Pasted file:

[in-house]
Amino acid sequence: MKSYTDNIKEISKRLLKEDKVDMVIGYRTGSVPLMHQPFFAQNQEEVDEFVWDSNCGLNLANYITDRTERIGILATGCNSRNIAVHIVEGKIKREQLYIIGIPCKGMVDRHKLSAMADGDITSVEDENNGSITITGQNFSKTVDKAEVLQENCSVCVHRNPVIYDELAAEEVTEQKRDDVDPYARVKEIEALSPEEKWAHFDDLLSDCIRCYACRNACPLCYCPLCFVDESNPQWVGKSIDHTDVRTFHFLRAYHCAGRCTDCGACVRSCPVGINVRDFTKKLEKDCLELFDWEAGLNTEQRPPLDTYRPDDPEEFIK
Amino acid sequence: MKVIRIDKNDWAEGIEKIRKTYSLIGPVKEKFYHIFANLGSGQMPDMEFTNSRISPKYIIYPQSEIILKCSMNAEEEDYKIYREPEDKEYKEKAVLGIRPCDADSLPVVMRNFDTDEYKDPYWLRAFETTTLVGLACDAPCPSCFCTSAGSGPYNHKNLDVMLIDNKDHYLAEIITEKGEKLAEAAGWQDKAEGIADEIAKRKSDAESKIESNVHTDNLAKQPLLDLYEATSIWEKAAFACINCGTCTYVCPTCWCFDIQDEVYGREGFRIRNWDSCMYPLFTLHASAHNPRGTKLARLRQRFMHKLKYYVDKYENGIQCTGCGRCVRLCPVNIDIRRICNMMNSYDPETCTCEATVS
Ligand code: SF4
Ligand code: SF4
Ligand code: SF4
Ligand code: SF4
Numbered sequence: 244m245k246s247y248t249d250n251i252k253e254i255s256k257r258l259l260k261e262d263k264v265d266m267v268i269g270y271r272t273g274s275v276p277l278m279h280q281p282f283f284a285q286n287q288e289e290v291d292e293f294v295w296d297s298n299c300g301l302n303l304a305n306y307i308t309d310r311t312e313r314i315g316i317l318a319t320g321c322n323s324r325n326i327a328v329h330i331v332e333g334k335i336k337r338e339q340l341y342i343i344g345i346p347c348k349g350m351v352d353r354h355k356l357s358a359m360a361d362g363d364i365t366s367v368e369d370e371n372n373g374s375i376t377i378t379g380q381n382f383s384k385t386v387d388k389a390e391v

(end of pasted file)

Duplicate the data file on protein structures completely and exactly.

[in-house]
Amino acid sequence: MKSYTDNIKEISKRLLKEDKVDMVIGYRTGSVPLMHQPFFAQNQEEVDEFVWDSNCGLNLANYITDRTERIGILATGCNSRNIAVHIVEGKIKREQLYIIGIPCKGMVDRHKLSAMADGDITSVEDENNGSITITGQNFSKTVDKAEVLQENCSVCVHRNPVIYDELAAEEVTEQKRDDVDPYARVKEIEALSPEEKWAHFDDLLSDCIRCYACRNACPLCYCPLCFVDESNPQWVGKSIDHTDVRTFHFLRAYHCAGRCTDCGACVRSCPVGINVRDFTKKLEKDCLELFDWEAGLNTEQRPPLDTYRPDDPEEFIK
Amino acid sequence: MKVIRIDKNDWAEGIEKIRKTYSLIGPVKEKFYHIFANLGSGQMPDMEFTNSRISPKYIIYPQSEIILKCSMNAEEEDYKIYREPEDKEYKEKAVLGIRPCDADSLPVVMRNFDTDEYKDPYWLRAFETTTLVGLACDAPCPSCFCTSAGSGPYNHKNLDVMLIDNKDHYLAEIITEKGEKLAEAAGWQDKAEGIADEIAKRKSDAESKIESNVHTDNLAKQPLLDLYEATSIWEKAAFACINCGTCTYVCPTCWCFDIQDEVYGREGFRIRNWDSCMYPLFTLHASAHNPRGTKLARLRQRFMHKLKYYVDKYENGIQCTGCGRCVRLCPVNIDIRRICNMMNSYDPETCTCEATVS
Ligand code: SF4
Ligand code: SF4
Ligand code: SF4
Ligand code: SF4
Numbered sequence: 244m245k246s247y248t249d250n251i252k253e254i255s256k257r258l259l260k261e262d263k264v265d266m267v268i269g270y271r272t273g274s275v276p277l278m279h280q281p282f283f284a285q286n287q288e289e290v291d292e293f294v295w296d297s298n299c300g301l302n303l304a305n306y307i308t309d310r311t312e313r314i315g316i317l318a319t320g321c322n323s324r325n326i327a328v329h330i331v332e333g334k335i336k337r338e339q340l341y342i343i344g345i346p347c348k349g350m351v352d353r354h355k356l357s358a359m360a361d362g363d364i365t366s367v368e369d370e371n372n373g374s375i376t377i378t379g380q381n382f383s384k385t386v387d388k389a390e391v